This Day in FAA History: February 26th

Full FAA Chronology at this link.

19610226: FAA and the U.S. Weather Bureau announced the expansion of aviation weather services. Under the joint program, direct weather briefing service would be made available to pilots at hundreds of additional airports. The expanded program involved training FAA’s 4,000 flight service specialists to handle preflight briefing and to answer air-ground requests for weather information.
19680226: FAA issued an advance notice of proposed rulemaking inviting comments on the advisability of requiring general aviation pilots to carry crash locator beacons when flying over large bodies of water, mountainous terrain, or remote areas. The agency cited a growing body of opinion that the device would be useful in the rapid location of crash sites and survivors. FAA had begun testing the equipment in 1963, and had subsequently encouraged its use (see January 9, 1964). The agency had resisted regulatory action, however, because of the equipment’s high cost and the need for related airborne search units used to “home in” on the crash site. (See March 20, 1969.)
19680226: FAA’s put into operation its National Airspace Communications System (NASCOM), a daily nationwide telephone conference. NASCOM connected the Administrator, Deputy Administrator, the associate administrators, the heads of FAA’s operating services, the regional directors, and area managers in the contiguous United States, and the directors of NAFEC and the Aeronautical Center in a telephone discussion of the status of the National Airspace System (NAS). The agency developed NASCOM because of the need to keep Washington headquarters closely and constantly in touch with activities in the NAS.
19850226: FAA published Advisory Circular 91-62 stating a new policy on child restraint systems (CRSs). The background of this issue included the formation of an FAA Task force to evaluate the use on aircraft of CRSs, also known as child safety seats. On June 1, 1979, the task force had recommended that the agency adopt the Federal Motor Vehicle Safety Standard for CRSs, with additional provisions for aircraft use. FAA developed performance standards which it published as a Technical Standard Order on May 28, 1982. Subsequently, the National Highway Traffic Safety Administration (NHTSA) and FAA had worked toward a common standard.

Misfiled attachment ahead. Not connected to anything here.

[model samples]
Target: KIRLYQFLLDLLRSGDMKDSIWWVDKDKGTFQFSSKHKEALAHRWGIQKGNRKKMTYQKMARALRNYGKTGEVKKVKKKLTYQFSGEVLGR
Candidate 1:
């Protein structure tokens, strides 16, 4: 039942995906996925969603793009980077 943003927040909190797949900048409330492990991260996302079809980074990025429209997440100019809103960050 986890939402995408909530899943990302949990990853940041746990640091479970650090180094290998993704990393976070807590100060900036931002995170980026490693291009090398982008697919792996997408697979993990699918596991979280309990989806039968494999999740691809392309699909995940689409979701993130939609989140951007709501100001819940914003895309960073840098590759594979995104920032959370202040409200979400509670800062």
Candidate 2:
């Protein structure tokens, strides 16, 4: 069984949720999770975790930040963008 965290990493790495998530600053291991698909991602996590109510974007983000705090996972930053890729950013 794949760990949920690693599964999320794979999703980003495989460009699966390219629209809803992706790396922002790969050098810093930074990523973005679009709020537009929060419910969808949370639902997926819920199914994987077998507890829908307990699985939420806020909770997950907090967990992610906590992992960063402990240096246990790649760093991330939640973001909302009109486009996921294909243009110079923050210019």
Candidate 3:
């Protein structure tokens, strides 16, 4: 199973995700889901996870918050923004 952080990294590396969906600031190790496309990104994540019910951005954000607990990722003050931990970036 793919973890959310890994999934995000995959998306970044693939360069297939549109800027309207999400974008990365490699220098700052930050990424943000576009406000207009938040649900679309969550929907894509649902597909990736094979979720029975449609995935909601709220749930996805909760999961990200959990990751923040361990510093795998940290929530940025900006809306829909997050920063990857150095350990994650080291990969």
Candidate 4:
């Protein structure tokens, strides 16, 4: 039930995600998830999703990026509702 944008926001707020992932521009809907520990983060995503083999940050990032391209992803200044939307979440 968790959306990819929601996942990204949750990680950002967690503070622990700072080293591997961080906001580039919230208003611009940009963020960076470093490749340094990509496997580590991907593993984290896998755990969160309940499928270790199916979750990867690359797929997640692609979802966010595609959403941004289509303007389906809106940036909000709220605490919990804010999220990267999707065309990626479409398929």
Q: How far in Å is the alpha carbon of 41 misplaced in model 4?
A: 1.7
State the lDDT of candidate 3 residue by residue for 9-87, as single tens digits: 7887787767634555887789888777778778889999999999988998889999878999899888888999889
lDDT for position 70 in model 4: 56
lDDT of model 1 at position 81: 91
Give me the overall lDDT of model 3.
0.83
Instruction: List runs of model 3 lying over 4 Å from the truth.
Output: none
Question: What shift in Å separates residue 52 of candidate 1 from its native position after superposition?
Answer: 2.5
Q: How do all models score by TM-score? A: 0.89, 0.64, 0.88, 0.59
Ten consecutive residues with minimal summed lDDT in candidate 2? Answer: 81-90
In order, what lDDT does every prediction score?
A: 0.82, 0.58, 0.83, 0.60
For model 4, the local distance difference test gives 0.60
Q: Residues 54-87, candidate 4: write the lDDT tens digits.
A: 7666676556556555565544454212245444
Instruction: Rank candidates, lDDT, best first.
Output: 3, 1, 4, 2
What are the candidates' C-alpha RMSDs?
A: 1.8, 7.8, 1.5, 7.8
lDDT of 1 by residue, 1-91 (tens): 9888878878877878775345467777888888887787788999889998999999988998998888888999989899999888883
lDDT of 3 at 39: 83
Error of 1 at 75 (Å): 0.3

Advisory Circular 91-62 declared that a CRS manufactured after February 25, 1985, was suitable for aviation if it bore a NHTSA label certifying it for use in both motor vehicles and aircraft. In addition, a CRS made between January 1, 1981, and February 25, 1985, was suitable for use in aircraft provided it bore a NHTSA label indicating that it met Federal motor vehicle standards. The new FAA policy made an additional 6 million child seats acceptable for use aloft. FAA encouraged but did not require use of the devices, and airlines could decide whether to permit them (see September 15, 1992). Children under the age of two might still be held in an adult’s lap during takeoff and landing.
19910226: The Metropolitan Washington Airport Authority dedicated a new terminal for international arrivals at Dulles International Airport.
20080226: FAA announced plans to install runway status lights at Los Angeles International Airport. Using a series of red lights embedded in the pavement, the system would warn pilots if it were unsafe to cross over or enter a runway. Under an agreement between FAA and Los Angeles World Airports (LAWA), pilots would begin testing runway status lights in early 2009. LAWA would fund the system at an estimated cost of $6 million. FAA would install, test, evaluate and maintain the system. (See October 16, 2008.)
20100226: FAA announced the selection of Karlin Toner, Ph.D., as the new Director of the NextGen Joint Planning and Development Office. Toner served as senior advisor to Transportation Secretary Ray LaHood on NextGen and continued in that role. In her new position, Toner reported to the FAA deputy administrator. (See January 26, 2009.)